There are 14 Pictou County residents running for mayor in the 2016 municipal election: three new faces each in Pictou and Trenton, four new people are offering in New Glasgow, Stellarton’s incumbent mayor is facing off against one newcomer and in Westville, the incumbent mayor has two challengers.
In the lead up to the election, The Advocate has reached out to the mayoral candidates in each town asking several questions that have been on the minds of voters.
Here are their responses…
SHAWN McNAMARA, Pictou
What compelled you to run as mayor of your community?
After being away from council for four years, the decision to get back into politics was an easy one. I spent eight years on council and I learned a lot and really enjoyed it. I’m a people person and although I lost in the last election, I didn’t disappear. I stayed focused in and with the town and got involved with the Lobster Carnival and the Lions Club, to name a couple of things.
What do you feel are the three main priorities your town is facing?
Not in any certain order, water is a big issue – not only the colour but the pressure as well. Roads which have only been patched over the last four years are another issue. I also think of declining of our population, but I think it’s all across the province. We have to try to get people back into our town and jobs. Now we have a fourth priority: our schools and shipping our kids out of town by bus. This can’t happen!
What are the future prospects of your town?
We have to get people into our town, the declining population is just going down and down and we have to look at inviting more businesses to come into our town and keep people here, especially young people. Another thing is spending wisely. I was brought up that if you worry about the pennies, the dollars would take care of themselves. I really believe that. We are doing a lot of spending, and some of it is unnecessary. Examples are: contracting work to outside companies which our guys might be able to do; bulk buying with other towns to save money, just to name a few.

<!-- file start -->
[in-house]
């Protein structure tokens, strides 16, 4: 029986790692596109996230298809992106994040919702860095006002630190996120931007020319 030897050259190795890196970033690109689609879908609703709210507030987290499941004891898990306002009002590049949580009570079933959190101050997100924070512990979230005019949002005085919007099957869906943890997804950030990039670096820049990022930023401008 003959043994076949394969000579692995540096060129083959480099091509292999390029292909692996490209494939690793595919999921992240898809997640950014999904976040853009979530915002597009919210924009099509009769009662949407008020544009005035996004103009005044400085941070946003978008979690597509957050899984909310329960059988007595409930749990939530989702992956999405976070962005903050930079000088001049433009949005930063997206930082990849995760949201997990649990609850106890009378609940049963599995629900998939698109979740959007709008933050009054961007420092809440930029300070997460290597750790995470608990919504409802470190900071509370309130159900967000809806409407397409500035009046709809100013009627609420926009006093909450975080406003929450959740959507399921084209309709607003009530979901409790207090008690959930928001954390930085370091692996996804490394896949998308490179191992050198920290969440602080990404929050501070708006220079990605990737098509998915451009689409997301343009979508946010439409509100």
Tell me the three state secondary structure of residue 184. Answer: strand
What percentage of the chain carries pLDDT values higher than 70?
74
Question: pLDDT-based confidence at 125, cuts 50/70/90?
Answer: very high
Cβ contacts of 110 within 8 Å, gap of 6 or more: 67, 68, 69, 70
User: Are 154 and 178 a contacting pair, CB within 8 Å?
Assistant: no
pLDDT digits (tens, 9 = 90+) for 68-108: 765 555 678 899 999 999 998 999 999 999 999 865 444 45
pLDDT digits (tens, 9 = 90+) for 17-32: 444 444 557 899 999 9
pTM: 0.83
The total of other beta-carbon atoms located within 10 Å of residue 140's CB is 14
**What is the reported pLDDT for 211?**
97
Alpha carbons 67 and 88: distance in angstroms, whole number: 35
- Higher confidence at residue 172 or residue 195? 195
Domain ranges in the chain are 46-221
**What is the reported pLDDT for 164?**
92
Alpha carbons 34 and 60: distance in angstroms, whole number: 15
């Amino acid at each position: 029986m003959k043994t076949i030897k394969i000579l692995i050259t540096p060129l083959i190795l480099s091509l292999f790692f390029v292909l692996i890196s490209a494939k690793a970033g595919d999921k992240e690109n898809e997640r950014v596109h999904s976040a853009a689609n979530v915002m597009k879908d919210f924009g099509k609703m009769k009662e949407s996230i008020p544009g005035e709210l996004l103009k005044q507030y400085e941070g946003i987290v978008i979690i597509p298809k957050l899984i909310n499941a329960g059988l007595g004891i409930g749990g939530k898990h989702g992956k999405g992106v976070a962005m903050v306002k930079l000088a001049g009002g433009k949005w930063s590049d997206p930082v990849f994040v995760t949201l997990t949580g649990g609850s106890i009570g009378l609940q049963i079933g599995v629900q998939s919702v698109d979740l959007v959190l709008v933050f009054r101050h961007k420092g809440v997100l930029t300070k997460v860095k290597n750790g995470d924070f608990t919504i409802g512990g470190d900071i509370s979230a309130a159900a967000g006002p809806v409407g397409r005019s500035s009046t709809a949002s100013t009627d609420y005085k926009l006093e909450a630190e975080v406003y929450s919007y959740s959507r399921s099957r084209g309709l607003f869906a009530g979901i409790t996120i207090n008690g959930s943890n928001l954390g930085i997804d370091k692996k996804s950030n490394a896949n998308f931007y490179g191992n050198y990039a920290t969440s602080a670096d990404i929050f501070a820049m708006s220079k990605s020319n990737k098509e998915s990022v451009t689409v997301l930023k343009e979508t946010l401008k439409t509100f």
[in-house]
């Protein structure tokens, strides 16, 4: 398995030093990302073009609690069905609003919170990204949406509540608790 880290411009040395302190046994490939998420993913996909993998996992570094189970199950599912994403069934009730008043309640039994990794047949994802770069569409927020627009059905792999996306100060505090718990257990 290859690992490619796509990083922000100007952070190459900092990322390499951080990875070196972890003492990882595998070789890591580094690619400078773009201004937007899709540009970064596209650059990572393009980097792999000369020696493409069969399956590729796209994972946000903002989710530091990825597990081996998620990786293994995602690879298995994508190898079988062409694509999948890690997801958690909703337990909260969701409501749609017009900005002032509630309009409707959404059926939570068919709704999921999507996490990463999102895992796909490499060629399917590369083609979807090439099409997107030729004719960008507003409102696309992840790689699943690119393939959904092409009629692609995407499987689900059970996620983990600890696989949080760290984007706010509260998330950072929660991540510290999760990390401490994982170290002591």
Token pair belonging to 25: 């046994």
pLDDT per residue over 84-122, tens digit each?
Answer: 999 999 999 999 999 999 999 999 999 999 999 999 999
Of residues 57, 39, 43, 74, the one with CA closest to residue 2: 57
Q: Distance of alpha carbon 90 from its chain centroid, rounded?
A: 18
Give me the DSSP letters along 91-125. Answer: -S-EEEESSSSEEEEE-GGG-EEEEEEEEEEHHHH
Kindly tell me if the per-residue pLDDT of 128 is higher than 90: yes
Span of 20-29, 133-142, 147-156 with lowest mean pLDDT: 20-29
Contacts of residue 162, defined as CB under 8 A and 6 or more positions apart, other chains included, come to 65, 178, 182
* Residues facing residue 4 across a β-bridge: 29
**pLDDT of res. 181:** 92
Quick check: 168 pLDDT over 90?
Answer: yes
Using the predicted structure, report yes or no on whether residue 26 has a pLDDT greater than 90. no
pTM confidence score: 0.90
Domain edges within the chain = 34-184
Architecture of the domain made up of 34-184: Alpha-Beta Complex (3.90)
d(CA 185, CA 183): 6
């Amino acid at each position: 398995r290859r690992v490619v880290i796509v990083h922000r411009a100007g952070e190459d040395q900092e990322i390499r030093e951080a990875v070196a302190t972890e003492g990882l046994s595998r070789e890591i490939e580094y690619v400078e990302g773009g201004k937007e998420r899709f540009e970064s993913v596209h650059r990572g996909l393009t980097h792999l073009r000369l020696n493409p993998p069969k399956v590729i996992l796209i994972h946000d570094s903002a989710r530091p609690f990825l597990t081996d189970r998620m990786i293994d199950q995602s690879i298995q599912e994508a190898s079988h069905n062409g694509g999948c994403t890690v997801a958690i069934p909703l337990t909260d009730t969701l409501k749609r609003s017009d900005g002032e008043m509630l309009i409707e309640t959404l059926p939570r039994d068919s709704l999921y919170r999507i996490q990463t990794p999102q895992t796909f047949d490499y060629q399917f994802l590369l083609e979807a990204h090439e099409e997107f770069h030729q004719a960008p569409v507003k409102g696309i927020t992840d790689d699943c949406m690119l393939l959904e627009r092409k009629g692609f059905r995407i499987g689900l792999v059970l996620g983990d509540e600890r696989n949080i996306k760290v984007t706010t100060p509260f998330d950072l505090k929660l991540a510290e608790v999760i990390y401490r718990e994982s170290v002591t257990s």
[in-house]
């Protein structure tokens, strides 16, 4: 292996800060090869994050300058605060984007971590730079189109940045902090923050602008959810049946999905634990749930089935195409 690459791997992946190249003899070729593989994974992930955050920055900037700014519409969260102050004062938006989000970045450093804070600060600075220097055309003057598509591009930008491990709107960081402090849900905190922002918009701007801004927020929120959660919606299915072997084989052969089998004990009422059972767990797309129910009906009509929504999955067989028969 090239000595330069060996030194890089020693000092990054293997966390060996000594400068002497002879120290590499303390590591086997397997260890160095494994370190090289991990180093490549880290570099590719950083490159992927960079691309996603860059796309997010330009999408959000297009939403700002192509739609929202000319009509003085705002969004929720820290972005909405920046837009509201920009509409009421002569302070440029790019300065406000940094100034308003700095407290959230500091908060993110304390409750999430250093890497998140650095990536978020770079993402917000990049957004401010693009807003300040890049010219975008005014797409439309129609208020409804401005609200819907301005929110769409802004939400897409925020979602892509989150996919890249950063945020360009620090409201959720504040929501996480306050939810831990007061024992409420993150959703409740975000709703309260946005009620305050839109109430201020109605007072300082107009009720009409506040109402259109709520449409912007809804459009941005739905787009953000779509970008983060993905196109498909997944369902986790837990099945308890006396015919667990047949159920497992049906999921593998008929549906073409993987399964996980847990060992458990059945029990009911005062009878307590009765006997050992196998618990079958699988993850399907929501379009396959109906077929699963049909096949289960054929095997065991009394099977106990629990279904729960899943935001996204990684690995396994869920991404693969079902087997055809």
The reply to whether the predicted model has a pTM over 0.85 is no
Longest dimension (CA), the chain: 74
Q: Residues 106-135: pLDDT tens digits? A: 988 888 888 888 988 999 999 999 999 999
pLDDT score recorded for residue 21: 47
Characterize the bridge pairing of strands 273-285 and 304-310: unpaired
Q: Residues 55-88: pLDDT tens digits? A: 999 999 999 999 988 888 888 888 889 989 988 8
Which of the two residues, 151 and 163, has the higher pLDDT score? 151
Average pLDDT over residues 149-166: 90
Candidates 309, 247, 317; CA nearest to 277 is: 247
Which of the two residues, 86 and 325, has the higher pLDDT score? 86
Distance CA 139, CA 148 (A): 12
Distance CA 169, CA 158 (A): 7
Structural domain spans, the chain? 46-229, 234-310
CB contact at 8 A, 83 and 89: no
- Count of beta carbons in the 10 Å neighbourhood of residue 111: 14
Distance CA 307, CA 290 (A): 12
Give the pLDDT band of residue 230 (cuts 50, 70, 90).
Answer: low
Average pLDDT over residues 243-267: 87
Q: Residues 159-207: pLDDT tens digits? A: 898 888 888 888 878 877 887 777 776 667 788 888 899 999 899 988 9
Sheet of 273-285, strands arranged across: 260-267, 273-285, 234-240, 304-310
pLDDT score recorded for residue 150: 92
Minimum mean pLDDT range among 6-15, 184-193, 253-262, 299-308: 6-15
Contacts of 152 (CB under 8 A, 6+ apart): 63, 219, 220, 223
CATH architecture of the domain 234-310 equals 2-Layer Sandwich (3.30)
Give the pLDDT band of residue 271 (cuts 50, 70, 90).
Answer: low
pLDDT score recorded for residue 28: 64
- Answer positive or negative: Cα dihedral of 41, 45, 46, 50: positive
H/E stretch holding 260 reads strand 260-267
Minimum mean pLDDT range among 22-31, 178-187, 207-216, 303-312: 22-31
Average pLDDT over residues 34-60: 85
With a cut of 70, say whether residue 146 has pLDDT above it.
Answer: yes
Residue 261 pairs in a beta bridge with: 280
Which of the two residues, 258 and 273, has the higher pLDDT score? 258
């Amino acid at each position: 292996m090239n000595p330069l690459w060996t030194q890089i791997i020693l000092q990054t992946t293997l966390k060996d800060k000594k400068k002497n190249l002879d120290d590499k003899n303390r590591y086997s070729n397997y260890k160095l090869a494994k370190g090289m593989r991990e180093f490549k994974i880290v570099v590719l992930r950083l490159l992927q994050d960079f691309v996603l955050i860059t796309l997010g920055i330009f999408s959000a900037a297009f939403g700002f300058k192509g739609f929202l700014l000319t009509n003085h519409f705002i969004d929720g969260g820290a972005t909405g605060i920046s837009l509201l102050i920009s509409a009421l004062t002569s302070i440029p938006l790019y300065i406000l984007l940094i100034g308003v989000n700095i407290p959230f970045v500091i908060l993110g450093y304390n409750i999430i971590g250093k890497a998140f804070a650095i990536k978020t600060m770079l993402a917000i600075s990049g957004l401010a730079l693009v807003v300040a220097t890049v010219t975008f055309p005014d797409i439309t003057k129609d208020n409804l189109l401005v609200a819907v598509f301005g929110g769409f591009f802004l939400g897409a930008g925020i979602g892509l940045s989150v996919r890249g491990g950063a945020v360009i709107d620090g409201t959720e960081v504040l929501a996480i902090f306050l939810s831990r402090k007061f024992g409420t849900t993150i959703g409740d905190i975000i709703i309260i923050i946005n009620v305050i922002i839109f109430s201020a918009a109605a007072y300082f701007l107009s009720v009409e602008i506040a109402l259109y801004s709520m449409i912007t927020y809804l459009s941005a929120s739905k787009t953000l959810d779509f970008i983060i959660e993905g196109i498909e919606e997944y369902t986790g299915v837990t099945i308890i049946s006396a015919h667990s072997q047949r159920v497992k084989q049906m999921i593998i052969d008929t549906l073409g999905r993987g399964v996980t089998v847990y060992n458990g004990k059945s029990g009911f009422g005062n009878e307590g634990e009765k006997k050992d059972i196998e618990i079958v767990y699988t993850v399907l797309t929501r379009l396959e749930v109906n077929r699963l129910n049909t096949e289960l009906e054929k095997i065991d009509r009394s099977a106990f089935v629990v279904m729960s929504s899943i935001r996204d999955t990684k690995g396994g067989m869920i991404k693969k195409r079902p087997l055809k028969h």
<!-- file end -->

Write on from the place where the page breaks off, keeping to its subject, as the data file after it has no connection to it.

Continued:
What do you feel the future of “amalgamation/shared services” is for the community?
People spoke and we have to honour the people’s wishes. Personally, I was a ‘no’ vote because it was rushed; the government pushed for speed to get it done and I feel there were a lot of I’s not dotted and T’s not crossed and a lot of unanswered questions. For me to vote for something that involves our future and nothing was forecasted even five years, spoke volumes. There is a lot of information about cost sharing that we need to look at. That was the purpose of amalgamation in the first place, to save. Now let’s jump on that and work together to find ways for our town to save, which will help the town and the citizens.
How do you think you can better/improve the town? And what would you do differently?
One of our main problems in Pictou is lack of communication. We need to talk to the people and we need to listen to them as well. We have tried to get people to our council meeting but to no avail. This past month door knocking, I was really surprised at the amount of people that wanted me to go into their homes and sit down to discuss their concerns. One common topic was that, ‘every four years at voting time, is the only time some of them see us, and the only chance they get to voice their concerns’. I want to have an open phone line policy through the town office for the mayor. I promise you that I will get back to you. And instead of going to Tim’s for a coffee, maybe some people would rather sit in the comfort of their home and talk, and that would be fine with me. This might be small but I think it’s really important; we have to get the input of the people. And that’s just one way of doing it. Also, we need to focus on spending money more wisely. For example: bulk buying, contracting and looking at other ways within the six municipal units that we might be able to help each other by helping ourselves in that aspect.